Quantum computer used in this work. a, Section of the Quantinuum H1-1 segmented-electrode surface trap, showing five gate zones in purple (750-μm-wide ion-crystal extents and laser-beam waists are not drawn to scale). The computer operates similar to the one described elsewhere (except with the parallel-gate operation across the three central gate zones (G2–G4)), with 171Yb+ qubit ions (green) and 138Ba+ coolant ions (white) stored in either two-ion or four-ion crystals. Arbitrary pairing of qubits is achieved by transporting ions along the linear radio-frequency null (dashed line) 70 μm above the surface. b, Sympathetic ground-state cooling followed by our two-qubit, phase-insensitive Mølmer–Sørenson gate is implemented in parallel across G2–G4 on Yb–Ba–Ba–Yb crystal configurations. Each crystal is roughly 8 μm in extent, and the cooling and gate lasers (wavelengths, 493 and 368 nm, respectively) have nominal beam waists of 17.5 μm. c, Typical (that is, representative over the duration of data taking) average fidelities of single-qubit (SQ) gates, two-qubit (TQ) gates and combined state preparation and measurement (SPAM) undertaken via randomized benchmarking. Credit: Nature Physics (2022). DOI: 10.1038/s41567-022-01689-7
A team of researchers at Quantinuum, working with a colleague at the University of Texas, Austin, has developed a way to simulate infinitely many chaotic particles using a quantum computer running with a limited number of qubits. In their paper published in the journal Nature Physicsthe group describes their technique.
To learn more about how molecules behave in materials, researchers have come up with strategies to simulate their behavior on a computer. Such attempts have worked well with simple operations but have run into trouble when simulating complexity, such as an infinitely long line of interacting particles over a given period of time. Attempts on traditional supercomputers have bogged down, and researchers have theorized that a quantum computer could do the job quite nicely. In this new effort, the researchers have found that this is indeed the case.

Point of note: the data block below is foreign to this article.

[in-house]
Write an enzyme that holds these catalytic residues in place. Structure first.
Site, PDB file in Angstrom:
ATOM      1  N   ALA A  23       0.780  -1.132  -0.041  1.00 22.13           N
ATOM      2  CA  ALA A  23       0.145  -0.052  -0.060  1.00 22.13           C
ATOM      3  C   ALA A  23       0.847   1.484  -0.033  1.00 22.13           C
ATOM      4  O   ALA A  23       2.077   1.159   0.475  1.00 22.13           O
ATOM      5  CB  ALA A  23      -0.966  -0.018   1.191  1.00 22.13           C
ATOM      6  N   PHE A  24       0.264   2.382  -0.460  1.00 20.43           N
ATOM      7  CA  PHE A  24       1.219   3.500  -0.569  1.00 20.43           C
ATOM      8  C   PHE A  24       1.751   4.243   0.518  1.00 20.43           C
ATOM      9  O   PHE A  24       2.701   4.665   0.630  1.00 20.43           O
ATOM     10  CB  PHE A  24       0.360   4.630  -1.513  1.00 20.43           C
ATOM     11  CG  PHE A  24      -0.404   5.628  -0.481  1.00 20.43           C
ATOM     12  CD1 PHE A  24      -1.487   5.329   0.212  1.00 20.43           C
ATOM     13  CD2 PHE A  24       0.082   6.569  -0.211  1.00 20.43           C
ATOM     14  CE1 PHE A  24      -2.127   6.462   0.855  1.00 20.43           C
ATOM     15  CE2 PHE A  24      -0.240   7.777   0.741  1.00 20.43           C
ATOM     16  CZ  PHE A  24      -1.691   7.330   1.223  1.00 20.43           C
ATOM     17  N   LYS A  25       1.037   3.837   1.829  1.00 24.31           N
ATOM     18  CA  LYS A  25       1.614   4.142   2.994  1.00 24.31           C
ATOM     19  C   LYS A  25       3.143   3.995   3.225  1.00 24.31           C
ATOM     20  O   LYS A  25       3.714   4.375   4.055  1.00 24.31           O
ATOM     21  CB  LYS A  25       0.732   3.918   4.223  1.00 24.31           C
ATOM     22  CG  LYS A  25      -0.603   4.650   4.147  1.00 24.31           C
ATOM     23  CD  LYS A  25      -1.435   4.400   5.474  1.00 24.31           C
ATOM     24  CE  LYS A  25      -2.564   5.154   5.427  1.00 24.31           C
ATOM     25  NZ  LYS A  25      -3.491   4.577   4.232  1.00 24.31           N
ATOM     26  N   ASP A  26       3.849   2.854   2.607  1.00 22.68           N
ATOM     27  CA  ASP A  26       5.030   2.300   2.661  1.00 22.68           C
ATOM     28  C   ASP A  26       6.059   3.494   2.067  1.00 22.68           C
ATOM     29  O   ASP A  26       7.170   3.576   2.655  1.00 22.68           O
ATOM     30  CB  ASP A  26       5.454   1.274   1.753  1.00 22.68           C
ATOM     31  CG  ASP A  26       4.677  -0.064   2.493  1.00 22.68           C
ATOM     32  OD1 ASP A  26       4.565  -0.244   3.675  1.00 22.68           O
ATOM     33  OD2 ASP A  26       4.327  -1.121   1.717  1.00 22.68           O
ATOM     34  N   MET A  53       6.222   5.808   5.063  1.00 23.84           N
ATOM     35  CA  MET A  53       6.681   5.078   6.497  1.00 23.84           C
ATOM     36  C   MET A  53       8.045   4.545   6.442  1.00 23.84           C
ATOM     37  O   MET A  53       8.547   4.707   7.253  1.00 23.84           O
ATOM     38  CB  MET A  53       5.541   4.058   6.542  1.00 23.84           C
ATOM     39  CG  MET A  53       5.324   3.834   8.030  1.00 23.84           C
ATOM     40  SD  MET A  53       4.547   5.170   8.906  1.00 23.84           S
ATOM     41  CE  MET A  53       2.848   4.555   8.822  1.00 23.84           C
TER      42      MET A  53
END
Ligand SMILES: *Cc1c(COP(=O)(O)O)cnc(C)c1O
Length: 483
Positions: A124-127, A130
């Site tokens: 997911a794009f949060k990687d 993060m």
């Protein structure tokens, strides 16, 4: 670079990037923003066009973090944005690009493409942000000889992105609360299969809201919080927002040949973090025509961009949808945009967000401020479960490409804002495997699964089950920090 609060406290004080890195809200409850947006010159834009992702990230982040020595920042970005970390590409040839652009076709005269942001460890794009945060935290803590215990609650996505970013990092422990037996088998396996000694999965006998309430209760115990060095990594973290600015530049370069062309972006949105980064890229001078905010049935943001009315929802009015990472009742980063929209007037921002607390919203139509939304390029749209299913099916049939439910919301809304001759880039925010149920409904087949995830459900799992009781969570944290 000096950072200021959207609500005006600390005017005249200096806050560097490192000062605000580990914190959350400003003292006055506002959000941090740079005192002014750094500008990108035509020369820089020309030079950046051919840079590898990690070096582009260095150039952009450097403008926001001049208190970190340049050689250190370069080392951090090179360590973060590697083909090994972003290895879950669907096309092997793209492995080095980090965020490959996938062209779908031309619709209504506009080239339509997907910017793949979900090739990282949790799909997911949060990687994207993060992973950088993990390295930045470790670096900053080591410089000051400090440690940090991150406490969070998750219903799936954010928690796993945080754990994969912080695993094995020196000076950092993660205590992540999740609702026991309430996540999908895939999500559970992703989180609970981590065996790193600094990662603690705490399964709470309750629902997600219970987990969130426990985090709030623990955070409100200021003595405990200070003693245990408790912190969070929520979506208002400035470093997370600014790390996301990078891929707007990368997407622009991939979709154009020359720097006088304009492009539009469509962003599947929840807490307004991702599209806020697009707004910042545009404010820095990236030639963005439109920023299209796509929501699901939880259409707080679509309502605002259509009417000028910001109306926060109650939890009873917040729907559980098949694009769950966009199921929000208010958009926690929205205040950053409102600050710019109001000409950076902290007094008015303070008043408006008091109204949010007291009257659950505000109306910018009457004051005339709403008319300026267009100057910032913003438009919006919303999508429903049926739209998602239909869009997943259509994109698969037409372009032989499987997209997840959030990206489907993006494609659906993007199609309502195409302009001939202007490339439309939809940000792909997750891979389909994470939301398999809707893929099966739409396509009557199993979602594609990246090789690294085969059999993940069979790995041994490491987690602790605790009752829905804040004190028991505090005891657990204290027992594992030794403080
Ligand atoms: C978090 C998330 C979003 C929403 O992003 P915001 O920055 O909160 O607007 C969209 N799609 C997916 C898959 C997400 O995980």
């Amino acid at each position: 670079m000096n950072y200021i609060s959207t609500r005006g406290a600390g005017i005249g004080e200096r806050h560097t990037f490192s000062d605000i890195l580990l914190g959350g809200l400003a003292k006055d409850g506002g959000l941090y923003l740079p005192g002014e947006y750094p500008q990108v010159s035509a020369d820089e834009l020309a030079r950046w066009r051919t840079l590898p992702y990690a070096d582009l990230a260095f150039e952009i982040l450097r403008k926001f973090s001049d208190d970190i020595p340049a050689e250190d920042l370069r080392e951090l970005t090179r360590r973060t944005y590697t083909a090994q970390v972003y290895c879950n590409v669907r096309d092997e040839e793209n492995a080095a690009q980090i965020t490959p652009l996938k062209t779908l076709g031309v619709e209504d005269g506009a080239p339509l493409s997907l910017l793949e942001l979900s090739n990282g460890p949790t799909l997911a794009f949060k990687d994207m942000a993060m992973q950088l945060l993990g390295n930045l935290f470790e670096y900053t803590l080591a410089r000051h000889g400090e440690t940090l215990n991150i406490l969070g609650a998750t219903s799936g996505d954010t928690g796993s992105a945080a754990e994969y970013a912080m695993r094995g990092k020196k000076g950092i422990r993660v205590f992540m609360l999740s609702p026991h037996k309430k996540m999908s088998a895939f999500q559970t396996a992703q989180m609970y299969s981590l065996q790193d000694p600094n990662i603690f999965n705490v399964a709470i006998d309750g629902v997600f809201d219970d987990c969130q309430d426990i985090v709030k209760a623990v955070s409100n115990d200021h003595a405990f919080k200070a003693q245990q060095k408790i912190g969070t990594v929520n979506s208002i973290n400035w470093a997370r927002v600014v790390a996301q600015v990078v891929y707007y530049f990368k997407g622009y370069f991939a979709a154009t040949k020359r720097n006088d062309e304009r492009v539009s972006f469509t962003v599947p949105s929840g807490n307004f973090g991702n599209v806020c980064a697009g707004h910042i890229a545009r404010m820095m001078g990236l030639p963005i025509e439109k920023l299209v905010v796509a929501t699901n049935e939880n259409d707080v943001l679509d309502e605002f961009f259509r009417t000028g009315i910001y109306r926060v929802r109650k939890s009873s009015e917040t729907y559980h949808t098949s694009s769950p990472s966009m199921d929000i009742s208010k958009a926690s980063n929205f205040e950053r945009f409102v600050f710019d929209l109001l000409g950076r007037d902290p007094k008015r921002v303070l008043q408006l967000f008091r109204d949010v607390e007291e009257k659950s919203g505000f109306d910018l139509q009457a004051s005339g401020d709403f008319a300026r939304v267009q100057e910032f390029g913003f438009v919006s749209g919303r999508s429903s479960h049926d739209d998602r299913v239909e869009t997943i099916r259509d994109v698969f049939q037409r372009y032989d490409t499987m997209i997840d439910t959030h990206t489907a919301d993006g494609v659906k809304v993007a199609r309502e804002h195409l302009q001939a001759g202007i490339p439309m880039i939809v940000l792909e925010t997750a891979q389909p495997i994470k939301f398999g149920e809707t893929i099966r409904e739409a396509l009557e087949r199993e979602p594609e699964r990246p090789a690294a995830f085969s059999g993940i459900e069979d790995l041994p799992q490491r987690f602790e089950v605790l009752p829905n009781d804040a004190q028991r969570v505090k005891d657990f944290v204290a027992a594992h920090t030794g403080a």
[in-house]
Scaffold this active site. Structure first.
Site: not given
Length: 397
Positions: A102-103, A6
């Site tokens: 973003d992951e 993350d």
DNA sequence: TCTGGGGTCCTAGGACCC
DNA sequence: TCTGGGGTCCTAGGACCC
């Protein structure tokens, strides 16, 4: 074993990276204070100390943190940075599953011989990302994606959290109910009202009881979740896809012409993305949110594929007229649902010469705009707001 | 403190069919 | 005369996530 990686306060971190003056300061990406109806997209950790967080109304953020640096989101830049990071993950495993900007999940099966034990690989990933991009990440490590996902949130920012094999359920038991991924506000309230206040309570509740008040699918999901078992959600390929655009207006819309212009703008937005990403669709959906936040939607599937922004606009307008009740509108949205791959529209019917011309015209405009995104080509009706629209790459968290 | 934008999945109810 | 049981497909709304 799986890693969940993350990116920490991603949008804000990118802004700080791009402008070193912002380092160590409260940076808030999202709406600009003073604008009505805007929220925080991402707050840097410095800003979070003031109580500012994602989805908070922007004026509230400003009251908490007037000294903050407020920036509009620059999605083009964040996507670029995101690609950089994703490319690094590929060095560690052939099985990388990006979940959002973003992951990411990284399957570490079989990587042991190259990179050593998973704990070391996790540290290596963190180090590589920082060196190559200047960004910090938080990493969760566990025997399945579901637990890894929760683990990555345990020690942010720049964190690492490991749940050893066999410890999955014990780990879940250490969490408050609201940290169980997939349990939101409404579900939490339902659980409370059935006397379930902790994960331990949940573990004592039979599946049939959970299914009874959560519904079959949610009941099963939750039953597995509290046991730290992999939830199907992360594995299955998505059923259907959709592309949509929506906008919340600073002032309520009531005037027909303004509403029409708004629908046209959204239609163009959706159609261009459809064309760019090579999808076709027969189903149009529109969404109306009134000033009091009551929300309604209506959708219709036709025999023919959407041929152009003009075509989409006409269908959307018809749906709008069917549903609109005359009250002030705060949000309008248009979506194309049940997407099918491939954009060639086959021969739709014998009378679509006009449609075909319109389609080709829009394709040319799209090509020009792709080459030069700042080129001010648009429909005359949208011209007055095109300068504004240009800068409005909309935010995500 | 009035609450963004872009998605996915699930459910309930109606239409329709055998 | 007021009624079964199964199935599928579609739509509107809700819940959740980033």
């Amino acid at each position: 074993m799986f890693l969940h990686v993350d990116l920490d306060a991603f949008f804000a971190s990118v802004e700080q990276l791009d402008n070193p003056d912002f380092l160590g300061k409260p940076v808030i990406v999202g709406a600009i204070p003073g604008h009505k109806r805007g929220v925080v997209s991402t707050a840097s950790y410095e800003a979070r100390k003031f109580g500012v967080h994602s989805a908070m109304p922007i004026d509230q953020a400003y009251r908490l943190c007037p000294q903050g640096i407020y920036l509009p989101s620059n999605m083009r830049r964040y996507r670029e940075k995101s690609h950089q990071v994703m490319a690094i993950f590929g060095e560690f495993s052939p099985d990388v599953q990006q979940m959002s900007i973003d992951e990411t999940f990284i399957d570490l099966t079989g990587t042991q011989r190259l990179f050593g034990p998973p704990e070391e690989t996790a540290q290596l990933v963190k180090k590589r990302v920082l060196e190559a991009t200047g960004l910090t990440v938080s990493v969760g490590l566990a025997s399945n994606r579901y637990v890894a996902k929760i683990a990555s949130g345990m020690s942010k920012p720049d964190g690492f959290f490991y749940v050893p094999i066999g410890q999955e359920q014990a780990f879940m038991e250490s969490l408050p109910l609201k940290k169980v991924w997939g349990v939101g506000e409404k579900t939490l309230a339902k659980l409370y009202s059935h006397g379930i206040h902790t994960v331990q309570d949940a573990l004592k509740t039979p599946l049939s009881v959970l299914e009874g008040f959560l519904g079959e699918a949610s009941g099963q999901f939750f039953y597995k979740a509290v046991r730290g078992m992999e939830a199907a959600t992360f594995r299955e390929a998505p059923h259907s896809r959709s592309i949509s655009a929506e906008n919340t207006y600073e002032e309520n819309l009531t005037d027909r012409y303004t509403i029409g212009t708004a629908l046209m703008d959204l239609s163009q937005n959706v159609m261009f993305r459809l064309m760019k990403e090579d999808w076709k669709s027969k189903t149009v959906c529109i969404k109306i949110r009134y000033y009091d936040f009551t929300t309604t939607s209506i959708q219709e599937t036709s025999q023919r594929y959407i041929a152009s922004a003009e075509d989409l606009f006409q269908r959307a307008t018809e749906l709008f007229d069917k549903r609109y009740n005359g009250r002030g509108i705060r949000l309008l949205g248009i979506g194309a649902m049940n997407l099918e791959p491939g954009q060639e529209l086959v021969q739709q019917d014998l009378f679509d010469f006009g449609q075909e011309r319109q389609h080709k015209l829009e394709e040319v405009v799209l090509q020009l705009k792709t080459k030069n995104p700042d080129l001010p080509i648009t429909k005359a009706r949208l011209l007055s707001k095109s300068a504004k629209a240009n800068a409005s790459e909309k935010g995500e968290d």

The researchers claim the key to running an algorithm capable of tackling such a problem came down to a design that not only carried out the operations needed to run the simulation but also to add code that would allow such a simulation to run with very few qubits. Once they had an algorithm that they thought would work, the team turned to the hardware. They chose a machine using qubits represented by ytterbium atoms—and they altered the number of qubits that were run from three to 11.
The researchers found that they were able to run their algorithm with such a small number of qubits because they built in a system that recycled the qubits—as one qubit was being used, those that had been used already were reset to their original state and then used again—a technique called holographic dynamics. This process was repeated as the simulation ran. To test the system, the researchers ran a simulation of a process that had already been verified using other techniques. The team plans to test the system with a simulation that cannot be demonstrated using a conventional supercomputer.
Researchers successfully simulate a 64-qubit circuit
Eli Chertkov et al, Holographic dynamics simulations with a trapped-ion quantum computer, Nature Physics (2022). DOI: 10.1038/s41567-022-01689-7
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